Tea & Review: Arrival – A Perfect Modern Sci-fi

There’s an art to any story. For me personally, I have an issue with loving new science fiction movies. Specifically modern day science fiction movies.

Why? Well, we’ve been kind of spoiled. In terms of popular science fiction, we’ve peaked really quickly. When Star Wars debuted in the 80’s it kind of setup a template, a marker if you will as to what a good science fiction movie should look like.

This isn’t a diss against Star Wars. As you’ll see in December we will be all about the new Star Wars movie Rogue One. But let’s be real for a second. Star Wars created a format for any future science fiction film. We got a bad guy, good guy and  space in-between.

And then we move into the modern day version of a science fiction with movies like Independence Day. I can’t speak for every movie goer but after the first Independence Day came out it seemed like Hollywood was hell bent on sticking to the humans vs. aliens format.

It becomes problematic when you start seeing the same storylines over and over again. Hollywood then sees that people like it and they seem the same concepts on repeat.

This is literally what makes Arrival an amazing film. It defies all the common expectations. It distinctly doesn’t allow itself to devolve into a cliche, which any moviegoer can appreciate.

It doesn’t hurt that Amy Adams is basically one of the most underrated actors out right now. Her pairing with Jeremy Renner was spot on for this.

My Tea & Fiction partner made a great statement that this is one of the few movies that a linguist is the star and that it isn’t an army person, and that we’re actually trying to talk to the aliens verses the immediate move to shooting guns at them. Obviously, this isn’t completely true. If we’re using Close Encounter of the Third Kind as an example of that it has that amazing last scene with the humans and aliens communicating with music, then her argument isn’t valid.

But her assertation that this is probably our first “linguist hero” is kind of amazing. It really pushes against all the stereotypical images we’ve seen as what a ‘hero’ is.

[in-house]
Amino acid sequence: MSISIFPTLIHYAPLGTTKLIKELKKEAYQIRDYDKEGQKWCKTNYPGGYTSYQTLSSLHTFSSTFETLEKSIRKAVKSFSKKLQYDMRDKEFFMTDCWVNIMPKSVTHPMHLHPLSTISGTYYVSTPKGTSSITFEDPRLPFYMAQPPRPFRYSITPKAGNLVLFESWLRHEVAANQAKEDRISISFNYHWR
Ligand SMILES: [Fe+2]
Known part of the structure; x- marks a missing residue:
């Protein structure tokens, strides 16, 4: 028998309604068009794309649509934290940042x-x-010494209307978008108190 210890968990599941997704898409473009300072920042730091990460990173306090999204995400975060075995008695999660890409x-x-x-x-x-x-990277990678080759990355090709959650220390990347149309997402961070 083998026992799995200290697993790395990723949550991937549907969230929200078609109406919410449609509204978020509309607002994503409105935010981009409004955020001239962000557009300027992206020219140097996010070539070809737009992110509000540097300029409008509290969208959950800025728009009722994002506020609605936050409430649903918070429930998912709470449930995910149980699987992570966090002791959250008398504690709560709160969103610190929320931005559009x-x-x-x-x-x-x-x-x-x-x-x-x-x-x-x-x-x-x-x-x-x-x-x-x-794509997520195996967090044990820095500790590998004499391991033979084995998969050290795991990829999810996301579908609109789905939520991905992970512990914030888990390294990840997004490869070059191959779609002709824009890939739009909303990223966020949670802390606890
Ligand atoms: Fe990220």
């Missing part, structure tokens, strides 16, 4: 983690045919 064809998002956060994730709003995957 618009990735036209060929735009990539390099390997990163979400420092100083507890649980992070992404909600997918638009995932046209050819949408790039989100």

The Amy Adam’s character is not even our typical hero. Louise Banks is a smart cookie. She knows a ton of foreign languages and has a concrete grasp on the importance of language and communication being a major turning point in Earth’s interaction with the aliens. She’s not exactly comfortable with venturing into a literal foreign territory either.  But lucky for us she grows into the film’s hero and really elevates the film on an emotional level.

The structure of the film, without giving anything away, is really interesting. What’s great is that the audience is literally with Banks at every turn. We are equally as confused as she is. We go through all her shocks, awes and fears. The film’s director really embraces the theme of “non-linear” in many different ways and gives the film a very stable foundation to work from.

It wasn’t till I saw the movie a second time around that the various layers of memory and story really clicked into place for me. Even when I wasn’t clear about the jumps back and forth between scenes it didn’t detract from the beautiful construction of the film.

One of the few things I really appreciated what the emphasis on how the English language, at least from our point of view, is a critical juncture in the progression of the story. I really hope English teachers take their students to this film just because they can literally say, “In case you end up needing to save the world? English, yo”

Mic drop.







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